-Peter Andreas, Brown University, Political Science Quarterly
"In this marvelous book, George Gavrilis advances the key argument that the effectiveness of the management of interstate borders is not so much a consequence of state capacity as of state-building strategies. Furthermore, positive cooperation at the border...is more likely to occur if border guards are given wide-ranging competences in day-to-day decision making rather than if borders are hierarchically managed from the center....The arguments that Gavrilis puts forward in this book should lead policymakers and analysts alike to rethink the relationship between state building and the success of border policing."
-Thomas Diez, University of Tübingen, Germany, Perspectives on Politics
"The most important contribution of this book is to make a simple point, albeit one that is frequently missed in border studies: that border security depends on institutional design (particularly that which encourages local cross-border collaborative policing)[...] its counterintuitive claim that a state which "delegates and surrenders authority to its boundary administrators has a better chance of achieving a secure border" is given substantial support, particularly from the Central Asian case study [...] This is in itself an important achievement. It is one that enthusiasts for ever tighter, centralized, and unilateral border controls in the United States and elsewhere need to reflect on before they realize the exact opposite of what they intend."
-John Agnew, H-Net Reviews in the Humanities & Social Sciences
"This brilliantly original book explains why so many attempts to secure international borders have failed. Gavrilis shows that only when neighboring states pay attention to local borderland interests and avoid micromanaging from the center can they hope to better control movement and security across frontiers. The exploration of nineteenth century Greek-Ottoman and twenty-first century Central Asian border politics are fascinating. Moreover, the policy implications for such cases as today's Afghanistan are clear. Gavrilis should make everyone who deals with border issues around the world rethink traditional but unworkable policies that continue to do so much harm."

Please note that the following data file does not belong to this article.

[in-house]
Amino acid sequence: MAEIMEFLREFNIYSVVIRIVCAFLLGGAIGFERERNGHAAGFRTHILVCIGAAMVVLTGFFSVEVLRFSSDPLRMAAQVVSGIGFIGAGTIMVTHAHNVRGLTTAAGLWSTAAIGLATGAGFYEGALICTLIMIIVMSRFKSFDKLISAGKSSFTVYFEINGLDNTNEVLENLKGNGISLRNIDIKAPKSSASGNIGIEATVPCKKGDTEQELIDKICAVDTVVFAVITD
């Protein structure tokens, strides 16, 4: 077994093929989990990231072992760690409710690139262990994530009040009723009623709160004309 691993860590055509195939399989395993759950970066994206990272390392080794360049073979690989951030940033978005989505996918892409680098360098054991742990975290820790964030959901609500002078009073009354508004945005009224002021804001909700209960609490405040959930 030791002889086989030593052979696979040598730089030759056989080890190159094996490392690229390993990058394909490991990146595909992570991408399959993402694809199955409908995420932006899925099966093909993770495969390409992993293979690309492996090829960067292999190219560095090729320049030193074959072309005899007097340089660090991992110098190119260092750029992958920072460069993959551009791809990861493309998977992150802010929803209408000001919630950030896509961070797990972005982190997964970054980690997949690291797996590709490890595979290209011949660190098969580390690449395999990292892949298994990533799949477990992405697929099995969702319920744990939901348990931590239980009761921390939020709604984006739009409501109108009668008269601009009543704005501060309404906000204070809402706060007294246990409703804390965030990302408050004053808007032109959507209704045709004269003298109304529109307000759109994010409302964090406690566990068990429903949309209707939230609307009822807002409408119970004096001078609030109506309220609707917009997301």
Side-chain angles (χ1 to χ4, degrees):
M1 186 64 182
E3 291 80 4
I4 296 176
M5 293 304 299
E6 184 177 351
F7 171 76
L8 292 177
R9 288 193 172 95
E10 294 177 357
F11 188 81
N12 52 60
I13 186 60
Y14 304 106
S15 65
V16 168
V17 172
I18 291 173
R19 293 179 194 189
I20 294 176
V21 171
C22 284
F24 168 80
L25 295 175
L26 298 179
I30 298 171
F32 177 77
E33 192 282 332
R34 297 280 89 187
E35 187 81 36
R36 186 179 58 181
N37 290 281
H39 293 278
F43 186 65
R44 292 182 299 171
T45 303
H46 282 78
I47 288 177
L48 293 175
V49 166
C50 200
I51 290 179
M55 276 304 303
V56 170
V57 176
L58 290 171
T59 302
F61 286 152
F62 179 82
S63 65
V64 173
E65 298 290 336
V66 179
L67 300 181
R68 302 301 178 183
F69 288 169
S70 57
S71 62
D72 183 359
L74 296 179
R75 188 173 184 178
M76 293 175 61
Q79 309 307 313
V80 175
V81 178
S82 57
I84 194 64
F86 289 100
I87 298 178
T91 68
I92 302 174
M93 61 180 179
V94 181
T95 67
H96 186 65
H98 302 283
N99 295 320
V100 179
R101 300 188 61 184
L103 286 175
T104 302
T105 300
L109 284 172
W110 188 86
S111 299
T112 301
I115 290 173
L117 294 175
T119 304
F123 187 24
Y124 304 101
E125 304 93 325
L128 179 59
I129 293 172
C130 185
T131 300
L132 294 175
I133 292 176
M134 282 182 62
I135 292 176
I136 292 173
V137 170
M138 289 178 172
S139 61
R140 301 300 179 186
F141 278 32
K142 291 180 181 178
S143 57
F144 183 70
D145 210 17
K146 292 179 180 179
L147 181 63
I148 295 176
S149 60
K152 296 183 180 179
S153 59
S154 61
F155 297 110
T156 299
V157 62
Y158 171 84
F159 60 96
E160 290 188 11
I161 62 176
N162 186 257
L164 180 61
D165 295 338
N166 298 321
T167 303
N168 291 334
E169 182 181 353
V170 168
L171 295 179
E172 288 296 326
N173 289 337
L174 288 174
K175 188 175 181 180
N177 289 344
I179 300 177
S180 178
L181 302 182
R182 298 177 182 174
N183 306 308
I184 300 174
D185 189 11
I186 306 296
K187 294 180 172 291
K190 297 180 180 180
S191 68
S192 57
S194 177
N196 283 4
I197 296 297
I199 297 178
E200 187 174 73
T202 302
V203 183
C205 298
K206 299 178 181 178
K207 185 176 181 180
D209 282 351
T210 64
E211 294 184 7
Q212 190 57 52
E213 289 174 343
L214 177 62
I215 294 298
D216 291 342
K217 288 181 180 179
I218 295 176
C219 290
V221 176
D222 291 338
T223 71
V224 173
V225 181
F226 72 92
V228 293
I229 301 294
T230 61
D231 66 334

-Daniel Chirot, Job and Gertrud Tamaki Professor of International Studies, University of Washington
"What are the conditions under which international borders become stable and secure? Why has it been so difficult for some modern states to impose security over their borders? Why borders continue to be a major source of conflict and what can be done to prevent this? Gavrilis' book tackles these important questions by focusing directly on a number of specific border areas. By drawing on case studies that span Greece and the Ottoman Empire in the nineteenth century and the post-Soviet Central Asian states in the twenty-first, Gavrilis finds that secure borders emerge only when various groups who live in these areas are enlisted in the policy of stabilizing the borders. Whether these groups are allowed to play such a role depends on the specific processes of state formation that unfolds on either side of the international boundary. This is an exceptionally rich study that is based on archival research in several languages, fieldwork in multiple sites, a thorough reading of secondary literature, and a firm grasp of theoretical issues. Garvilis' mastery of his subject matter is truly breathtaking. The Dynamics of Interstate Boundaries will be a required reading for anybody who is interested in how borders are formed, what makes them viable, and how to make them secure and less violent."
-Reşat Kasaba, University of Washington
"Gavrilis has written a masterful book on a central problem that all modern states face, and yet, about which there is scant research the protection of shared boundaries. He traces the roots of this problem both geographically and historically, taking us from the disintegrated Ottoman Empire to emergent Kyrgyzstan and Uzbekistan. Along the way, he offers rare and valuable insight into why states often pursue solutions to this problem that undermine their own border security."
-Pauline Jones Luong, Brown University
"...the arguments that Gavrilis puts forward in this book should lead policymakers and analysts alike to rethink the relationship between state building and the success of border policing, from assistance to struggling states to the erection of walls and fences in the belief that centralized control and high-end technology will guarantee successful boundary management- a belief that Gavrilis's book turns into an illusion.
Perspectives on Politics, Thomas Diez, University of Tubingen, Germany